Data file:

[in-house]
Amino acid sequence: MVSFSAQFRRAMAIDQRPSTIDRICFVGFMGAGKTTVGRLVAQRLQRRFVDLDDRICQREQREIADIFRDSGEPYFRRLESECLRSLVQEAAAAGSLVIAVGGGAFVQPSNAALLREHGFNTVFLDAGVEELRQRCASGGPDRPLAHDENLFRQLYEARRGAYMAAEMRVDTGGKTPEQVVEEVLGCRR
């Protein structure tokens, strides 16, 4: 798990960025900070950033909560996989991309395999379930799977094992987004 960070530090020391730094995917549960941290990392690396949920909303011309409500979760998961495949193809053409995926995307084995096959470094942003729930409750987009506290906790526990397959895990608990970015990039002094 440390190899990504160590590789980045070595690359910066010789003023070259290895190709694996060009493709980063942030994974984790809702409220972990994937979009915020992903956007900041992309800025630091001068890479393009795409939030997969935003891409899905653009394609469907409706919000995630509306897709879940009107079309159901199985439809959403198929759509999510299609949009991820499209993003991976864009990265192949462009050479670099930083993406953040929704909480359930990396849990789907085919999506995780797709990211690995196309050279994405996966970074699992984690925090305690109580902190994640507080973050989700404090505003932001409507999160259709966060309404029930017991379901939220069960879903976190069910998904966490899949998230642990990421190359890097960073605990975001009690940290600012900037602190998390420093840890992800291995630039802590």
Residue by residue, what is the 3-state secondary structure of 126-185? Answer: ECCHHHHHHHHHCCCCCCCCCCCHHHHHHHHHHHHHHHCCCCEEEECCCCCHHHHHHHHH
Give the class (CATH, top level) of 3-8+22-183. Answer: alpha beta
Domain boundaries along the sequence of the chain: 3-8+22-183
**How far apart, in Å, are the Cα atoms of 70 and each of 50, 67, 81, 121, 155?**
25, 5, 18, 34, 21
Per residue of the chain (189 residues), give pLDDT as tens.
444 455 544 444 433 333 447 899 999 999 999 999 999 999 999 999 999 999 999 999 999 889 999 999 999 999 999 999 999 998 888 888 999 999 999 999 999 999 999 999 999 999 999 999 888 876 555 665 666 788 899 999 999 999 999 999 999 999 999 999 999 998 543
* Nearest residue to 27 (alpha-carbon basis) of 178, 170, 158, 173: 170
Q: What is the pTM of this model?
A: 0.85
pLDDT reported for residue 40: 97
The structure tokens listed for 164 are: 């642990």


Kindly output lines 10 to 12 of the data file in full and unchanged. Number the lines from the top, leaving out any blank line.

444 455 544 444 433 333 447 899 999 999 999 999 999 999 999 999 999 999 999 999 999 889 999 999 999 999 999 999 999 998 888 888 999 999 999 999 999 999 999 999 999 999 999 999 888 876 555 665 666 788 899 999 999 999 999 999 999 999 999 999 999 998 543
* Nearest residue to 27 (alpha-carbon basis) of 178, 170, 158, 173: 170
Q: What is the pTM of this model?